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I am trying to run a GUI application (if only it weren't GUI...) over SSH, but I want it to port the application to the native X session and not the SSH session. That way, when I close the SSH session, the program will remain running. I am logging into the box with the same user that is already logged into the box and I have root privileges. The x session on the box is UserA and I am logging in via SSH as userA. The OS is Ubuntu 13.04.

Is there a way to do this easily? Any past attempts always attempted to show the X window client-side and when I closed SSH, the program stopped running. I also thought about going in and editing the startup script of the session and simply rebooting the machine to get it to run what I want, but it has a few server programs that I don't know how to access (they are command-line based) to properly shut them down remotely. If I kill the machine otherwise, it will likely corrupt the server software.

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You can forgo the SSH session if you can directly connect from the server running the X client application to your local computer running an X server.

Connect over SSH, and then:

export DISPLAY=your.computer.ip:0.0

This will tell the X client that it should connect to the first X server and find the first X display (0.0) on your.computer.ip. Just launch the X client application as normal, and it should connect to your X server directly, and you can then close the SSH session.

You will need to make sure that a direct connection can be made from wherever the client is running to your local system, including any port forwarding and routing rules. You might have to also configure your local X server to accept connections from the network (I can't remember if it's localhost only by default). You will also need to fully disable all security on the X server (Don't do this unless you're in a private LAN where you can trust all computers):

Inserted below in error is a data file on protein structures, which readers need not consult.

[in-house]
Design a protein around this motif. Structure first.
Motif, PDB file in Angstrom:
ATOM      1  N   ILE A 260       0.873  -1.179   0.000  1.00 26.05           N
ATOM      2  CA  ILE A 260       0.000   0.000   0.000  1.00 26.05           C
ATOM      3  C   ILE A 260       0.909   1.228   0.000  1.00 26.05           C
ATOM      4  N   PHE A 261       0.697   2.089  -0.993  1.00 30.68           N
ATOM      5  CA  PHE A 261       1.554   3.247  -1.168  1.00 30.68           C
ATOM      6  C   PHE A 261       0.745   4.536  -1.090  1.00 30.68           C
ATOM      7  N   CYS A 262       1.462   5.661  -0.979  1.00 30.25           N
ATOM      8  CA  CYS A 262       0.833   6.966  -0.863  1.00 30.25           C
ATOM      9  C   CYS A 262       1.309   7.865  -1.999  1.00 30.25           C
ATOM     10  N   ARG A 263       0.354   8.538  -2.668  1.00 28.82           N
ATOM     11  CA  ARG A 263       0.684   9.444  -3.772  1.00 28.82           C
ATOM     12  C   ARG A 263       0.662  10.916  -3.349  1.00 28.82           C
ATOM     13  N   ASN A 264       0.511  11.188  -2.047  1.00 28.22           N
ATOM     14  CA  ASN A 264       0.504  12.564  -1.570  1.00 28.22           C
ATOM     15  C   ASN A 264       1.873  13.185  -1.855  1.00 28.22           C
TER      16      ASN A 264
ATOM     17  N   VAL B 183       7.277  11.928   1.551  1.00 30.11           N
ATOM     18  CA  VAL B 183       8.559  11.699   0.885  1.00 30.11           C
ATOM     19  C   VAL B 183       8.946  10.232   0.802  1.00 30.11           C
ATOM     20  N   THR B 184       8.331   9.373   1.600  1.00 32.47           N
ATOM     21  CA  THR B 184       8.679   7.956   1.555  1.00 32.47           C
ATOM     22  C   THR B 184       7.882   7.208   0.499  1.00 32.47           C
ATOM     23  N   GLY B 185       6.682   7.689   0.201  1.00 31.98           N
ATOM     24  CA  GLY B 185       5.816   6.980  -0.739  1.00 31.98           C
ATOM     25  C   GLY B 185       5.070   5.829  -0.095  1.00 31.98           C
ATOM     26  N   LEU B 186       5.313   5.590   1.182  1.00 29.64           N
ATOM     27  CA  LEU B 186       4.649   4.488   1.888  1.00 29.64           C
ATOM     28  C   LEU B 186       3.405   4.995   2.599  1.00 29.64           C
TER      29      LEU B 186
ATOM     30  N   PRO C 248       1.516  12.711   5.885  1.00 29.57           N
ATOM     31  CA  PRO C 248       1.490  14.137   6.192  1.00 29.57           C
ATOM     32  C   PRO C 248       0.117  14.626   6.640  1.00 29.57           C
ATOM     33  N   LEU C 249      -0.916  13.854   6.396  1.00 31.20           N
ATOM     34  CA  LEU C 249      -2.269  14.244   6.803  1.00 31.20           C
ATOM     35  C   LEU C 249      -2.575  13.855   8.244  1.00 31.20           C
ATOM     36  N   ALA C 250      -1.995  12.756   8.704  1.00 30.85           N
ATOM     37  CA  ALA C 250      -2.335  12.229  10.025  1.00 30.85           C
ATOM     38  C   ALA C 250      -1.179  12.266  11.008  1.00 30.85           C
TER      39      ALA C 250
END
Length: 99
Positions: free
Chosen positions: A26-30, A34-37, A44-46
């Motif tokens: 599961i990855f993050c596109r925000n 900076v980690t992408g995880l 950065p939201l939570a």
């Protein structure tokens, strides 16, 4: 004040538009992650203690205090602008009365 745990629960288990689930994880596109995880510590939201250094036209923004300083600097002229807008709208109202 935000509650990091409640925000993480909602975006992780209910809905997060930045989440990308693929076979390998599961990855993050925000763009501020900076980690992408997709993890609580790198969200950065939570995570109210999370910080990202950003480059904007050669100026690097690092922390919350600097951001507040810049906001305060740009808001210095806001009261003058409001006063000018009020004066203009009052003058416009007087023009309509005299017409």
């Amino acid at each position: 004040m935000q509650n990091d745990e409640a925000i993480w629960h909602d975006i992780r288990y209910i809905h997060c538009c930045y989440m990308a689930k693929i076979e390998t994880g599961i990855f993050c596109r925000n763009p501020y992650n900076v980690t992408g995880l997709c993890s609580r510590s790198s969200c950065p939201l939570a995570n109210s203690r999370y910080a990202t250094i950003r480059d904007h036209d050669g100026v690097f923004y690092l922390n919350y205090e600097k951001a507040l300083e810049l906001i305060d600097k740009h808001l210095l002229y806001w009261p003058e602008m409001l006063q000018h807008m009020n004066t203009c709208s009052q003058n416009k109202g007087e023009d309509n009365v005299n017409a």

xhost +

or learn how to properly configure and set up X authentication between clients.

In all honesty, this is exactly what happens when you do it normally over SSH - Except that the SSH tunnel is being used to forward the connection, so you don't have to deal with the port forwarding, and you don't have to deal with changing your X server config to listen on the network for incoming connections (a potential security risk), and SSH will automatically configure all of the X security for your user so that the application won't have issues connecting. Even running through SSH, the application is running in the native X session, SSH is just being used as a proxy.

You didn't list the reasons for eschewing SSH, but unless it's a hard requirement handed down by a boss that you can't change, I would strongly reconsider using it for X session forwarding. You will not gain anything in particular from a direct connection, but SSH can simplify a lot of the pain points because it was designed to do just that.

  • Allow me to elaborate that the GUI application is on the server. I just need to initialize it on the server and stop SSH from routing the GUI window to my client. From what I read, it looks as if you are trying to setup a method by which I could run an application on my client, and instead have it forwarded to the server. The app is on the server and needs to be run on the server. – Signify Apr 19 '13 at 15:03
  • Ah! Yes, that is what I was suggesting. To do what you want, try launching it after export DISPLAY=localhost:0.0 or export DISPLAY=:0.0, and then make sure to run it from inside screen or tmux or the process will die when the SSH session dies. You can also disown the process before exiting to have it continue running when you close the SSH window. – Darth Android Apr 19 '13 at 15:22
  • That works like a charm. I can't get it to keep running after I close the session, but at least it lets me get the screen-capture program running. – Signify Apr 19 '13 at 15:22
  • I just updated my comment with a suggestion on how to keep it running in the background after some research. – Darth Android Apr 19 '13 at 15:22

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